British Judge: WikiLeaks Founder Can Be Extradited
ROBERT SIEGEL, host:
A British judge ruled today that WikiLeaks founder Julian Assange can be extradited to Sweden. There he would face questioning and possible prosecution over allegations of sexual assault. Assange insists he will appeal, but Vicki Barker reports from London that he faces an uphill battle.
(Soundbite of reporters)
Unidentified Man #1: Julian. Julian.
Unidentified Man #2: Julian.
Unidentified Woman: (Speaking foreign language)
VICKI BARKER: Julian Assange has accused Swedish prosecutors of mounting a politically motivated attempt to silence him and his free speech cause.
(Soundbite of reporters)
BARKER: He shouldn't be sent back to Sweden, he's told the International Press Corps, because he won't get a fair trial there. Today, a British judge rejected all of the defense arguments. Assange's lawyer, Mark Stevens, immediately said he'll appeal.
Mr. MARK STEVENS (Attorney): It reaffirms the concerns that we have about the form of tickbox justice that is the European arrest warrant.
BARKER: Assange himself said he'd been expecting the ruling. Ninety-five percent of all attempts to challenge the Europe-wide warrant are rejected, he said.
Mr. STEVENS: It comes as no surprise, but is nonetheless wrong, a rubber-stamping process that is a result of a European arrest warrant system run amuck.
BARKER: Although he denied ever implying American intelligence was behind the initial accusations against him, Assange said he does continue to believe political pressure is being exerted from unseen quarters.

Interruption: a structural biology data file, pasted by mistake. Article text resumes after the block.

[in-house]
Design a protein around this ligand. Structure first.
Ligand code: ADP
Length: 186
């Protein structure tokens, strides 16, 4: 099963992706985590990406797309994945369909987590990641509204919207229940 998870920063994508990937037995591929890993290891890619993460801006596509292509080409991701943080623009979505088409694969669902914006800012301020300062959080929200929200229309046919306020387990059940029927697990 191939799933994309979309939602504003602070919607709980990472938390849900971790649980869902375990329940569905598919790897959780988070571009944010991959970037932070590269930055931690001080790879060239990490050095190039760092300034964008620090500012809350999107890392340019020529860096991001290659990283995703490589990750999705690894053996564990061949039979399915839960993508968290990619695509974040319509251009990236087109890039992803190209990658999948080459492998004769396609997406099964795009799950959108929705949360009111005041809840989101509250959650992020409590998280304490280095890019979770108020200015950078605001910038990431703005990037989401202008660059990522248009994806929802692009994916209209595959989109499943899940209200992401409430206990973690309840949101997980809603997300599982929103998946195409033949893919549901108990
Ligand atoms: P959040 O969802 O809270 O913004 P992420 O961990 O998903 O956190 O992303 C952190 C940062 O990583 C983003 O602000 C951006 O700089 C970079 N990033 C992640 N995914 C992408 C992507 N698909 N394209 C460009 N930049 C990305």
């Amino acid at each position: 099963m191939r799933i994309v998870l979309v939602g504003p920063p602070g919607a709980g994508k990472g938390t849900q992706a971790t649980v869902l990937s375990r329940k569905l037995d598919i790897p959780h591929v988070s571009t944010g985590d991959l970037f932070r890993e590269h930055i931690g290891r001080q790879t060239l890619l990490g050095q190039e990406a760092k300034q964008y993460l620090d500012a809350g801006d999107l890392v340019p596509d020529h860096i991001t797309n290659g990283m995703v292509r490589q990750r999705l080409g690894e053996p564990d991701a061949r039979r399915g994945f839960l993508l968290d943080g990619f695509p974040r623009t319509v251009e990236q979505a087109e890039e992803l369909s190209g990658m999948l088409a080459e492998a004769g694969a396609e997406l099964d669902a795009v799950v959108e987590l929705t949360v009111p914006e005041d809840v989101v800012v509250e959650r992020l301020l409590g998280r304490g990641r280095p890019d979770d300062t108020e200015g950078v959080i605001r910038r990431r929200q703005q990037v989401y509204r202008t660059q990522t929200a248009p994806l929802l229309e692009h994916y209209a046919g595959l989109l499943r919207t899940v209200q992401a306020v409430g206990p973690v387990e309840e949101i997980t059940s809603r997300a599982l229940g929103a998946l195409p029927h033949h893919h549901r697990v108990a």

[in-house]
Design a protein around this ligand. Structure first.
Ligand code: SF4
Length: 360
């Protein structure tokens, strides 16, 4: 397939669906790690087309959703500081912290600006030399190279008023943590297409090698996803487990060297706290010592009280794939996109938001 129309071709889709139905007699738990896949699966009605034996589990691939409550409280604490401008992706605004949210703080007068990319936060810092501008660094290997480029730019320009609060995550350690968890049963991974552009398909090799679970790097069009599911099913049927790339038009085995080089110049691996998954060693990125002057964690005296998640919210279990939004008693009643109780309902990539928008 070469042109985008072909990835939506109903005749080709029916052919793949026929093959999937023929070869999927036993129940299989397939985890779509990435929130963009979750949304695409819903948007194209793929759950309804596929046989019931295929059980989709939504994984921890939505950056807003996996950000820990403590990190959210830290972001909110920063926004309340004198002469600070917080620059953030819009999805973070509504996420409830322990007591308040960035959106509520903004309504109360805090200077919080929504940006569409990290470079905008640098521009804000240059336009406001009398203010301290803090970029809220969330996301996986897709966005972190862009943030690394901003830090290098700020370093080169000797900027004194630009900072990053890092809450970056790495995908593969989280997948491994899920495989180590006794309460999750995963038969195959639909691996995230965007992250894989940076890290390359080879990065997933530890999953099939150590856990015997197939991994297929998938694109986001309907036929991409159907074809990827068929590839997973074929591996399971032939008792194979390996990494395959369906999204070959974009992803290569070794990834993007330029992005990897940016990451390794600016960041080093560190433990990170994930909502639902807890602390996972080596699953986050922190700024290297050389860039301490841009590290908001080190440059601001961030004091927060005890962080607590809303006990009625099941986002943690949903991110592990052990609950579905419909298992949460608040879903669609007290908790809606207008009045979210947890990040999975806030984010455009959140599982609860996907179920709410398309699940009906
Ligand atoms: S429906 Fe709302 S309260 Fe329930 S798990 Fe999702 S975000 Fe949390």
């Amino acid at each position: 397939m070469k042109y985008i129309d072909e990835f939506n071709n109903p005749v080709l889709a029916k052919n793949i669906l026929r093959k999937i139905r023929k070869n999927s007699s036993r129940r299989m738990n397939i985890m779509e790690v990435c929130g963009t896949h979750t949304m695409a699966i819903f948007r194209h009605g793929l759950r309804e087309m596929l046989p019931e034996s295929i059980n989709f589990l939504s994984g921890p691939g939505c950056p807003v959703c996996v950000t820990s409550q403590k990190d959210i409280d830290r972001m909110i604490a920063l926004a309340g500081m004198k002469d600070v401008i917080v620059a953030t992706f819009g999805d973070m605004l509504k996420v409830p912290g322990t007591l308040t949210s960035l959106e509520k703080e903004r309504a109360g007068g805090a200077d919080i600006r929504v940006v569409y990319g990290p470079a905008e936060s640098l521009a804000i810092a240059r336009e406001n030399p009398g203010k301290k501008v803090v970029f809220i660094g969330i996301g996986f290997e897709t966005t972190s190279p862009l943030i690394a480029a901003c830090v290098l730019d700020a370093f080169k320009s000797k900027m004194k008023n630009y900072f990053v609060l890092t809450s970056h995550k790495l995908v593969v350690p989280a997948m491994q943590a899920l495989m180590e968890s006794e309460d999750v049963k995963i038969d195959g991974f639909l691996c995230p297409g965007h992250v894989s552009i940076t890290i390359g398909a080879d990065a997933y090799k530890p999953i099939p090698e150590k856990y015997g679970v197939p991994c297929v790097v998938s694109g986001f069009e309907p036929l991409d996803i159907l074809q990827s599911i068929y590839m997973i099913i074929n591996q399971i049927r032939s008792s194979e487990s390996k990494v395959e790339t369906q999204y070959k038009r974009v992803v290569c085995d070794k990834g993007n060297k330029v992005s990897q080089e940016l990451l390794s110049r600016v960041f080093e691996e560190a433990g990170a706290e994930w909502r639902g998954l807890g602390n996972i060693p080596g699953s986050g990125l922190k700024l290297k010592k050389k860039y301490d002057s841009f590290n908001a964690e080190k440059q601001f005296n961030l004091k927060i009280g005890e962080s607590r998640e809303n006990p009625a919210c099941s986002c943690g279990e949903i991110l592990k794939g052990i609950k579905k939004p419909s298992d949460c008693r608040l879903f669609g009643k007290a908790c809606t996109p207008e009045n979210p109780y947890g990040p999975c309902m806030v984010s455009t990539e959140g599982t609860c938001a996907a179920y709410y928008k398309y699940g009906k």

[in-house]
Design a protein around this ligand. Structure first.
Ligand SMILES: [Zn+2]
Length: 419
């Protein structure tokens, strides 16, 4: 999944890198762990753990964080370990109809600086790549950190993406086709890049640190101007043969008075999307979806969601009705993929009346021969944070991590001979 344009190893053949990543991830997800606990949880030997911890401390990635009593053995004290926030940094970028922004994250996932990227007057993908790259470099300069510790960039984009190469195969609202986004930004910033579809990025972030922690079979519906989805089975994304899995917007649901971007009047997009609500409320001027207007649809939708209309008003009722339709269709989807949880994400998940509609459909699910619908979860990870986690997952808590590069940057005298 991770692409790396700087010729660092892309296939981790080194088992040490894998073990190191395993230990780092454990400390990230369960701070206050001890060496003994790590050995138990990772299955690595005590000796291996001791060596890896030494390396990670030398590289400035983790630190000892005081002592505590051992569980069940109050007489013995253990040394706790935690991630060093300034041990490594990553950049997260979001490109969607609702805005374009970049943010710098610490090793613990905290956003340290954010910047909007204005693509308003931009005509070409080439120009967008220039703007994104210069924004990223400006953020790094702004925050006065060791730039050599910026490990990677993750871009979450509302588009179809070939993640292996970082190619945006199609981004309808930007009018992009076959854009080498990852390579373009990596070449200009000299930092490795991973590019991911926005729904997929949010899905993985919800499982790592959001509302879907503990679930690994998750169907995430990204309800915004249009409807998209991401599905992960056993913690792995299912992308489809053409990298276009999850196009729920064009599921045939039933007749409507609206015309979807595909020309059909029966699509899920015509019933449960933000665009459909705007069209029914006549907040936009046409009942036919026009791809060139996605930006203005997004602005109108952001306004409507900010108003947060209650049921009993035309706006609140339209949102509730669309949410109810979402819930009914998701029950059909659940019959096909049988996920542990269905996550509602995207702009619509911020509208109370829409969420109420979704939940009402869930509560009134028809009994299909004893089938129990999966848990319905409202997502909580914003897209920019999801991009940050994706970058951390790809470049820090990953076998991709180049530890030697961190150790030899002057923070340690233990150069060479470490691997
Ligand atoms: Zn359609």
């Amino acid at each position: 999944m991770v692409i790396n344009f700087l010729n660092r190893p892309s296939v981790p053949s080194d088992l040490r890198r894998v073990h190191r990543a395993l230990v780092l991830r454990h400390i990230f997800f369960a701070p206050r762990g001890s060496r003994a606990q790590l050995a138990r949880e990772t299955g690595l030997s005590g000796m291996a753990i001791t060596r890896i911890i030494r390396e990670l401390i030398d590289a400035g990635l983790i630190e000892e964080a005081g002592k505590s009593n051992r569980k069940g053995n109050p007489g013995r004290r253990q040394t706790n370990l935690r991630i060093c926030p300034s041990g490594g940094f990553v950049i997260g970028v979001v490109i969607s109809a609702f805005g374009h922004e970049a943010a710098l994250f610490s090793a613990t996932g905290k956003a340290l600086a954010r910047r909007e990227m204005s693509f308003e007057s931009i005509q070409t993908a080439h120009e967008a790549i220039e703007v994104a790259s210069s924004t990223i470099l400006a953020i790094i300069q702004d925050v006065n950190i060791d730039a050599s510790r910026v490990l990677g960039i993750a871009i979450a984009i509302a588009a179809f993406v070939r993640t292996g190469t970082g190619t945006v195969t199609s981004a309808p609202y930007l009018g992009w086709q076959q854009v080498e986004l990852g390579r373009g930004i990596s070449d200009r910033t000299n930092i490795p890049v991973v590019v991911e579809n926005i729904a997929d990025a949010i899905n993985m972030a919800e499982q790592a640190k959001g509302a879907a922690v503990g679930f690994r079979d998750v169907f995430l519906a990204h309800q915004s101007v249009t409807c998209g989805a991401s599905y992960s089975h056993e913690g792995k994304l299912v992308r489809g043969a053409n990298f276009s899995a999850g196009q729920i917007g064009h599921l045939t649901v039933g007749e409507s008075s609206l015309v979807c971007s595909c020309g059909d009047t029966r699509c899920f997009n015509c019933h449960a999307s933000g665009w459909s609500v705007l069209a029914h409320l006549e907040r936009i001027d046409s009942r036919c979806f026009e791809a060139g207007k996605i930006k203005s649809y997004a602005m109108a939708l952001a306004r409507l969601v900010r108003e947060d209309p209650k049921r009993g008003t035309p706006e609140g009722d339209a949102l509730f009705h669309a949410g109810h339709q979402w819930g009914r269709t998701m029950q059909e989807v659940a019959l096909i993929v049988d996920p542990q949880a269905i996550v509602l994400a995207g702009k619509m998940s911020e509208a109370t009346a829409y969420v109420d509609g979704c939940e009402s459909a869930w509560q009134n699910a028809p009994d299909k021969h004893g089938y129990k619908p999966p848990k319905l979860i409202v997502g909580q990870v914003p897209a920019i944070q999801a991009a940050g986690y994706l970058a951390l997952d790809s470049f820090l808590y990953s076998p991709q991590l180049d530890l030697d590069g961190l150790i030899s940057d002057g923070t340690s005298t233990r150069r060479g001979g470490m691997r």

Mr. JULIAN ASSANGE (Founder, WikiLeaks): Why is it that I am subject, a nonprofit free speech activist, to a $360,000 bail? Why is it that I am kept under electronic house arrest when I have not even been charged in any country?
BARKER: The system didn't allow him to rebut the allegations against him, he said. Instead, it allows bureaucrats to, in his words, use the coercive power of another state to drag people off to an uncertain destiny. But the judge ruled that the allegations of sexual coercion and the single accusation of rape are extraditable offenses.
The judge also said the warrant itself had been properly issued. Assange now has seven days to launch his appeal. If he loses that, he can take his case to Britain's Supreme Court. But extradition expert Michael Caplan says it's likely all that will buy him is time.
Mr. MICHAEL CAPLAN (Extradition Expert): He does face an uphill tussle because there are very limited grounds upon which you can appeal against his extradition warrants.
BARKER: And the judge, Caplan says, addressed all of those grounds in his ruling. Many of Assange's supporters fear that the Swedes might hand him over to the Americans to be tried on espionage charges. Not so, says extradition lawyer Julian Knowles. He's a colleague of the British prosecutor who represented the Swedes in this case.
Mr. JULIAN KNOWLES (Extradition Attorney): The Swedes would not be able to extradite him without the consent of the United Kingdom. That's a fundamental rule in extradition law.
BARKER: Both Sweden and the U.K. refuse to extradite suspects to countries that might apply the death penalty. If the Americans were to file less serious charges, Knowles says, then any decision to extradite would be made by Britain's home secretary. But Assange could still take his legal battle all the way to the European court of human rights.
For NPR News, I'm Vicki Barker in London.
NPR transcripts are created on a rush deadline by a contractor for NPR, and accuracy and availability may vary. This text may not be in its final form and may be updated or revised in the future. Please be aware that the authoritative record of NPR's programming is the audio.
Correction May 25, 2012
We incorrectly said that Julian Assange faced sex assault charges in Sweden. Assange has not been formally charged. Swedish authorities sought his extradition to question him in relation to allegations of sexual assault.